marketingmagazine.co.uk, Wednesday, 20 March 2013 12:00AM
Emergency loans, travel-agency closures, job cuts and profit warnings - struggling tour operator Thomas Cook, the world's oldest travel firm, has frequently been in the headlines in the past two years.
The brand, which is seeking to turn around a £485.3m pre-tax loss in the previous financial year, is now under scrutiny again after announcing 2500 job losses in the UK - equating to one in six staff in Britain, including cuts to the marketing department.
Its high-street agencies are expected to be major casualties of the restructure - 1600 retail positions are on the line, with Thomas Cook proposing to close 195 of its 1069 UK shops.
Group chief executive Harriet Green, who was appointed last July to revamp the brand's fortunes, last week unveiled a strategy that includes a greater online focus in an effort to close the gap on rivals that have been quicker to invest in digital. Analysts have also suggested that several smaller brands owned by Thomas Cook, including luxury travel agency Elegant Resorts and long-haul specialist Gold Medal, could also be put up for sale in the future.
Travel firms and airlines in Europe have reported a decline in bookings in the past year, but Thomas Cook has also been hit by tough trading conditions in the UK, its main market.
Will its current proposals secure its future? We asked Garry Lace, brand and marketing director at English National Opera and co-founder of Campbell Lace Beta, which handled Thomas Cook's advertising between 2009 and 2011, and Sam Turnbull, marketing director at the Association of Chartered Certified Accountants (ACCA) and former marketing director at First Choice Holidays.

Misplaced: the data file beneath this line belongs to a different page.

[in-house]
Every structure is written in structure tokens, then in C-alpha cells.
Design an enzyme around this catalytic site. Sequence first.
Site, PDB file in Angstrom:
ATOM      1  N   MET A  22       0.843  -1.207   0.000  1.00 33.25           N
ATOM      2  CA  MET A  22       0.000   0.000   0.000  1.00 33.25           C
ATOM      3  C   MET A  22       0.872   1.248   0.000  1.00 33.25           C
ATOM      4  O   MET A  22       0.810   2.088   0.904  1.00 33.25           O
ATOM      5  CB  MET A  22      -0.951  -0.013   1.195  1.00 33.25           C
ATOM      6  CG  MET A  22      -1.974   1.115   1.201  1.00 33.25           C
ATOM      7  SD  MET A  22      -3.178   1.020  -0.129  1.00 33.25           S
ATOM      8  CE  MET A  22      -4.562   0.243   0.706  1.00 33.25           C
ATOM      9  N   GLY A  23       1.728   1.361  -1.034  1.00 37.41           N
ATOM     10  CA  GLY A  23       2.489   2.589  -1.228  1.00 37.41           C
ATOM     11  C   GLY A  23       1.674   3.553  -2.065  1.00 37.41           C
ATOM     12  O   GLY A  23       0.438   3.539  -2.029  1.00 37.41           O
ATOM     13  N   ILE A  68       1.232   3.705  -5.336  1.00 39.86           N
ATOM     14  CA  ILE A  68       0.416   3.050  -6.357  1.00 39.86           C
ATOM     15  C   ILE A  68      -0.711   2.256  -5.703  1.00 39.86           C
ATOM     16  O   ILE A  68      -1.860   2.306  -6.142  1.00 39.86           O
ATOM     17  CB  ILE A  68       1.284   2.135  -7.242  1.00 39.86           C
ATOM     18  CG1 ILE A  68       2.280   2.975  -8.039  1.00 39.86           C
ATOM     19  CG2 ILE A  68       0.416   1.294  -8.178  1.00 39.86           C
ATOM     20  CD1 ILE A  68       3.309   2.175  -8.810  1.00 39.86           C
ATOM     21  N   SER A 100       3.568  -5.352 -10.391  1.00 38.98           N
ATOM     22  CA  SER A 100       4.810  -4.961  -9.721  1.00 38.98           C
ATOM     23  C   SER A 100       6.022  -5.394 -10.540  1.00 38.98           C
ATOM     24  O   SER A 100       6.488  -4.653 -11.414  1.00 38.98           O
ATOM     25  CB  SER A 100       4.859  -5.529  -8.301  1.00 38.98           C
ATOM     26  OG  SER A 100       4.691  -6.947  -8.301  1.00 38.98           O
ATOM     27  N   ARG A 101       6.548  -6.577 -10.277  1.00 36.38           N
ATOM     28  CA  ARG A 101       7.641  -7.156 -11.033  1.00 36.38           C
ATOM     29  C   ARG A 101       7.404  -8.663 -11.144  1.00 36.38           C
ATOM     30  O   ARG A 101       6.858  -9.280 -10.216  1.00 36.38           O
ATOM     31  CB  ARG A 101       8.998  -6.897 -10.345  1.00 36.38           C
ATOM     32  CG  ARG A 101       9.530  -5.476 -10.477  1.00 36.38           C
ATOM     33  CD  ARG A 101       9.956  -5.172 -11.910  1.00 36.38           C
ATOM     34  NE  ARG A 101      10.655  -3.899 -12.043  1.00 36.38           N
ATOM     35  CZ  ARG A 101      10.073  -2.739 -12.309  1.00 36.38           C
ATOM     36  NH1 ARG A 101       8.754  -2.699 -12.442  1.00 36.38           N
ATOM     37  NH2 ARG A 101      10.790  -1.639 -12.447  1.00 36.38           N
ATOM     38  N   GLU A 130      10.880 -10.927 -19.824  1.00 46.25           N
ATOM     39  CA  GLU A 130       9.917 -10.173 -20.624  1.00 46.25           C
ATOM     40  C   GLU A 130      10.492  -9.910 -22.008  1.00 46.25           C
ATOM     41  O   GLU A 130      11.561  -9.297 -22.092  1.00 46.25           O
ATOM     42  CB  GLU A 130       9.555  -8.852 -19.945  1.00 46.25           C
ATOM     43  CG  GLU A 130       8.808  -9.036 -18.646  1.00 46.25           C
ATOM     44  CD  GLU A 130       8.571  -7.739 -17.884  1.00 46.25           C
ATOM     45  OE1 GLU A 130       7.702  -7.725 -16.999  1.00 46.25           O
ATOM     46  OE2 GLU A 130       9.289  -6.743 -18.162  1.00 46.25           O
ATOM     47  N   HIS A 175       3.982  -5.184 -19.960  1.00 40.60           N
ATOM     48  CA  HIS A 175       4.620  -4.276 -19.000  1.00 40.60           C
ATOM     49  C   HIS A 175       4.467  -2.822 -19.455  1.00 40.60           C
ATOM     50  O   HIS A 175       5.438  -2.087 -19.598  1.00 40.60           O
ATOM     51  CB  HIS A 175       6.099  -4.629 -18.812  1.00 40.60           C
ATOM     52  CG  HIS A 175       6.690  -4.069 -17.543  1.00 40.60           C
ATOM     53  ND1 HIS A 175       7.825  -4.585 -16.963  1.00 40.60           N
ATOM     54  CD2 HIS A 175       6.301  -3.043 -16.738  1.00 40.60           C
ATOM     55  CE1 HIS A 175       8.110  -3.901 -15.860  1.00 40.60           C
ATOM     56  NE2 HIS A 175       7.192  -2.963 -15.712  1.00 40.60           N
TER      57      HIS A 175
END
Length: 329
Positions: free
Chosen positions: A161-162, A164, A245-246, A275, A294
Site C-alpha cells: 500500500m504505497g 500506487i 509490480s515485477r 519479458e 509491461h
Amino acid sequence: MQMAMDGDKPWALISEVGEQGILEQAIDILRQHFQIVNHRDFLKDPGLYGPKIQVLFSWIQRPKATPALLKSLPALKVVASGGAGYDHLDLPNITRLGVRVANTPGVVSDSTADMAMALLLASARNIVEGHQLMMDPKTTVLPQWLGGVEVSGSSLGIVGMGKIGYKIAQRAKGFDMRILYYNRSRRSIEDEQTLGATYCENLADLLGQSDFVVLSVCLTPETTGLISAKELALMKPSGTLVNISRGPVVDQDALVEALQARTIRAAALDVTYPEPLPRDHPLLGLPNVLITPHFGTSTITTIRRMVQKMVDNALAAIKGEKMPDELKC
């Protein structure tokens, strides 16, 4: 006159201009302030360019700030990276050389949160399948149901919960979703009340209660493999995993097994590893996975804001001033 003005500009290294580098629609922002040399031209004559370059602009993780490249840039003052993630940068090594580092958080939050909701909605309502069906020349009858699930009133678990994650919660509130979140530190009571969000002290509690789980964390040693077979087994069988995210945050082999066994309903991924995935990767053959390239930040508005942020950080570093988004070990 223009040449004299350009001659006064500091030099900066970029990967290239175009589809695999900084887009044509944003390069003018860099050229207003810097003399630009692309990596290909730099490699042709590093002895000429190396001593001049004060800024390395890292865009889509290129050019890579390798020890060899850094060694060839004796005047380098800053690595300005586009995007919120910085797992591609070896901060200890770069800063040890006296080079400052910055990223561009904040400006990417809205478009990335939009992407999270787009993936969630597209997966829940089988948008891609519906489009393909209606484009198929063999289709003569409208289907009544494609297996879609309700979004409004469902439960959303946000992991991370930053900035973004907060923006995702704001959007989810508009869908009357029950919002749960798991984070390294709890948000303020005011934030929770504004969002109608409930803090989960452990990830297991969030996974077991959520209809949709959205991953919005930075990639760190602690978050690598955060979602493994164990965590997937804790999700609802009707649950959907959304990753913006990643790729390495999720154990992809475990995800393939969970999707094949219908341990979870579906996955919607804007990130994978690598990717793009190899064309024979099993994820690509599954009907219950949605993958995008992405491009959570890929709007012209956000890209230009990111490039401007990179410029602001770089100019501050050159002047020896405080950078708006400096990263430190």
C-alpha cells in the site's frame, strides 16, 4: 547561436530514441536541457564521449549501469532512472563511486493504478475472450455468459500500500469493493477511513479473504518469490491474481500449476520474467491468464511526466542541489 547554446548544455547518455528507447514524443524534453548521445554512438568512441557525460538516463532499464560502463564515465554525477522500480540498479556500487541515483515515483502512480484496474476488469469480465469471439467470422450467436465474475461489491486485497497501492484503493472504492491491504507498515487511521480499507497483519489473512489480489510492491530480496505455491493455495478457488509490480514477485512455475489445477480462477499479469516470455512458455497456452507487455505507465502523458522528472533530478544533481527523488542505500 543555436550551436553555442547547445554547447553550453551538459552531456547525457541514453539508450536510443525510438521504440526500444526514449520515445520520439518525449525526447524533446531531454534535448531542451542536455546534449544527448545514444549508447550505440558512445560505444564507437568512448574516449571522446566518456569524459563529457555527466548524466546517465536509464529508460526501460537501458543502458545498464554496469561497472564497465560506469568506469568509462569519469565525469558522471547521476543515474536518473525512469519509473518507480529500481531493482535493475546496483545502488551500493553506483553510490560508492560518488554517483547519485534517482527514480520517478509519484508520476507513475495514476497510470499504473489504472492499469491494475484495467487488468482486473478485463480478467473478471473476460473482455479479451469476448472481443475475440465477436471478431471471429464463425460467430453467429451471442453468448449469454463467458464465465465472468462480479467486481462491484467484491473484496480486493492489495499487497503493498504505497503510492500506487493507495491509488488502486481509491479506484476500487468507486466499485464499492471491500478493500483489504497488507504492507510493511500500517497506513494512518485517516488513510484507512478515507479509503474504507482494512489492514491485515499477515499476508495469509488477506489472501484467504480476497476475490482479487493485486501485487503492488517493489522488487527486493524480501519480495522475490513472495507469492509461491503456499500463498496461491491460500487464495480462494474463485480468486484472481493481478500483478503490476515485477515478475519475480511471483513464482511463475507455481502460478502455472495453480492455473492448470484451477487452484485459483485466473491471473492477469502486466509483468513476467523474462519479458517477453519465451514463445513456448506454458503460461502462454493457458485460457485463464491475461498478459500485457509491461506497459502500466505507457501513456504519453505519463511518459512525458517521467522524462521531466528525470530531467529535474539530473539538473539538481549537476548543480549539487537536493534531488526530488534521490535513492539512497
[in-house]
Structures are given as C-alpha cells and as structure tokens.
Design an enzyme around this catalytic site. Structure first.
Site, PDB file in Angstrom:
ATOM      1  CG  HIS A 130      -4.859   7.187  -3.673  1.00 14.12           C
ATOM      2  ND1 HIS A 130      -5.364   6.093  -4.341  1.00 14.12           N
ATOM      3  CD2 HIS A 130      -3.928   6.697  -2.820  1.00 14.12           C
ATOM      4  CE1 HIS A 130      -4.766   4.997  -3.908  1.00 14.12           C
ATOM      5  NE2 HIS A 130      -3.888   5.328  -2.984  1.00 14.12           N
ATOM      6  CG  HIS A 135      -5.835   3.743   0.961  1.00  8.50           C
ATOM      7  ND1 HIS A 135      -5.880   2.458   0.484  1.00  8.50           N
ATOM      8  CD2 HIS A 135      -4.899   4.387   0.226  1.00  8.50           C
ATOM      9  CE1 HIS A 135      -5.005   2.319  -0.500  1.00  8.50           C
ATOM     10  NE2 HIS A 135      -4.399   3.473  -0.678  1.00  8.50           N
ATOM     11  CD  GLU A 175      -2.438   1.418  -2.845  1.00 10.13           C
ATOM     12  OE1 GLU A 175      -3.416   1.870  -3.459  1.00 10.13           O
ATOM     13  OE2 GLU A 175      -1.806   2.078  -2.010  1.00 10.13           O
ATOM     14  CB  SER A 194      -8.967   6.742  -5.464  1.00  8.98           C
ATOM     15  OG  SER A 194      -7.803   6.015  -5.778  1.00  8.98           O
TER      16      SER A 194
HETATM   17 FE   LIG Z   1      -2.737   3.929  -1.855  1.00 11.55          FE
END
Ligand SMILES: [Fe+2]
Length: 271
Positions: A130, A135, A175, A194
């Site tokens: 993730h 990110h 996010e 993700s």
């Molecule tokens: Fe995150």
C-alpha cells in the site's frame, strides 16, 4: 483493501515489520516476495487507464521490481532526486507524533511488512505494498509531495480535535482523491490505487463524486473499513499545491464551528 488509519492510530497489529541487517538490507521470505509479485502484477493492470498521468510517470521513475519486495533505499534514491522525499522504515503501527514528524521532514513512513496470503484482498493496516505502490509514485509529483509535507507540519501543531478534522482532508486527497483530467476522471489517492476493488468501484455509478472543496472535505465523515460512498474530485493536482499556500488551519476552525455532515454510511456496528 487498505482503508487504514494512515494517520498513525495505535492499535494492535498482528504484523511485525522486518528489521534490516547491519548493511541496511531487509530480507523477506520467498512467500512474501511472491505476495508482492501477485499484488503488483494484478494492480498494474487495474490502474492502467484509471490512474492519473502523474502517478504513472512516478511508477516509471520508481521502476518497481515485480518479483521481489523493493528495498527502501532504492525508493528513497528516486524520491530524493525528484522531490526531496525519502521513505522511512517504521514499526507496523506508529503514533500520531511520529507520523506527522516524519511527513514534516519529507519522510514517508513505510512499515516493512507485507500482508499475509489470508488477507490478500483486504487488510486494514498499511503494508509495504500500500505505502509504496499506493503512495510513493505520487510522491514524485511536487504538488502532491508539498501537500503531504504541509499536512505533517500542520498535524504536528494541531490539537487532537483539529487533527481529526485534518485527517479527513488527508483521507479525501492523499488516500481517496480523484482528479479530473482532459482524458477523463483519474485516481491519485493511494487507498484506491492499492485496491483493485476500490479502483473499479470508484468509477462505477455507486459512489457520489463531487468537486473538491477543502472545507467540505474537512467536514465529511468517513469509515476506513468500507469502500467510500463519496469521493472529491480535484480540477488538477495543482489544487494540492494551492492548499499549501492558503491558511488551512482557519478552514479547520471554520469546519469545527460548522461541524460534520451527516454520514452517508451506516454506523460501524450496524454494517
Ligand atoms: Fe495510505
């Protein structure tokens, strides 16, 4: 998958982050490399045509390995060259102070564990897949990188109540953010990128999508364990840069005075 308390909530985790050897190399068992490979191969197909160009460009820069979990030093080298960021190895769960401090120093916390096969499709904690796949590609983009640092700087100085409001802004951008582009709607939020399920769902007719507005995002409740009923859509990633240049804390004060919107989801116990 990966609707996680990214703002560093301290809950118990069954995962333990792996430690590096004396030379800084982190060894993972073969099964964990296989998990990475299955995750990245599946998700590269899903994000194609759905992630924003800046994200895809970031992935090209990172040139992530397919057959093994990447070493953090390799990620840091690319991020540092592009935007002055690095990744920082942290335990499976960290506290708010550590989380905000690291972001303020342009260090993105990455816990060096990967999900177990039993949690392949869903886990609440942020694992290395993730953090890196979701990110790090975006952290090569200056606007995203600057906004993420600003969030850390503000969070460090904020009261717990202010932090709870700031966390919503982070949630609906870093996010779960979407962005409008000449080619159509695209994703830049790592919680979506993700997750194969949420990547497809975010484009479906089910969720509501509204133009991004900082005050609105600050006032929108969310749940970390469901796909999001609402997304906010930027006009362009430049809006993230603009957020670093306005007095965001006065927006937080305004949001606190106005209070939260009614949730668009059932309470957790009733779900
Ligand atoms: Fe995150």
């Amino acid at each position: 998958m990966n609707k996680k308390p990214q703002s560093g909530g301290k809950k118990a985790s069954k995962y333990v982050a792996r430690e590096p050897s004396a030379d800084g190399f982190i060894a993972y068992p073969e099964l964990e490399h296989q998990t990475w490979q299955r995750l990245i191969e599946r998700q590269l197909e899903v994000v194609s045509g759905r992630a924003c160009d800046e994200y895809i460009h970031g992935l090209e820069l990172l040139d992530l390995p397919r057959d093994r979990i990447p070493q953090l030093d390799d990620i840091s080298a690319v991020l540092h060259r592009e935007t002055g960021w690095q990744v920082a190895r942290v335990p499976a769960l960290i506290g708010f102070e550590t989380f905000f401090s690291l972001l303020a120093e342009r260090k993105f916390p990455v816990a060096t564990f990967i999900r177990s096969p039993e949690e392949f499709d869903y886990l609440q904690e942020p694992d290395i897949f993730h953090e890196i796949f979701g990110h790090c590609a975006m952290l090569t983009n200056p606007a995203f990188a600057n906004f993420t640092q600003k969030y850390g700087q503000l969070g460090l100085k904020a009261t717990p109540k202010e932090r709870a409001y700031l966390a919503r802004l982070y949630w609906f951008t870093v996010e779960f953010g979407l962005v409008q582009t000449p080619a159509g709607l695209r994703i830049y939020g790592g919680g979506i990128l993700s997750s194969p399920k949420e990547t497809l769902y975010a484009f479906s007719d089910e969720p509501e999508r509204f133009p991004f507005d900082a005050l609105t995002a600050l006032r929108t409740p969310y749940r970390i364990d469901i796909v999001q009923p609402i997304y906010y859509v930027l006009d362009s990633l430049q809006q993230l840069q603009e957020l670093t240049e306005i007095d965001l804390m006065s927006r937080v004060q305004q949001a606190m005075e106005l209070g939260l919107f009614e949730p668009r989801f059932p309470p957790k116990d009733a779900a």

23m people use Thomas Cook for European holidays annually
£485m - Thomas Cook's pre-tax loss for the 2011-12 financial year
Source: Thomas Cook
Two industry experts on how Thomas Cook can attract British holidaymakers in the digital age
Thomas Cook needs to identify its own moments of truth and focus on these.
When Beta was appointed in 2009, we told Thomas Cook it needed three things to drive its business: a brand campaign that connected emotionally with people; a world-class CRM programme; and a radical transformation of its retail environment and staff performance. My advice is the same now, only this time, Thomas Cook should follow it.
- Hire or partner some CRM experts to make the organisation genuinely customer-centric.
- Put in place a staff-engagement programme. Thomas Cook doesn't sell £300 holidays to Turkey. It sells the promise of the best week or two of someone's year.
- Never again put handwritten signs in shop windows, unless its ambition is to look like a local greengrocer.
We all know travel is tough. Rival brand TUI has got its web channel well organised and offers a good breadth of products. Critically, it seems to have managed to integrate its various mergers and acquisitions to deliver a slick online experience. Thomas Cook still seems to be finding this a considerable challenge and customers will, inevitably, have noticed.
Also, holidays are expensive. Customers want to be sure they are going to get what they pay for, so spring is a bad time for travel companies to be getting any kind of negative publicity.
Once the tactical summer-trading challenges have been overcome, the opportunities to use the power of this brand for growth can be explored.
- Invest urgently in strong, reassuring messages for potential customers, covering Thomas Cook's financial stability and long-term future.
- Ensure good service delivery and sales effectiveness in the build-up to summer.
- Do whatever it takes to deliver an online experience that meets the high expectations of customers.
This article was first published on marketingmagazine.co.uk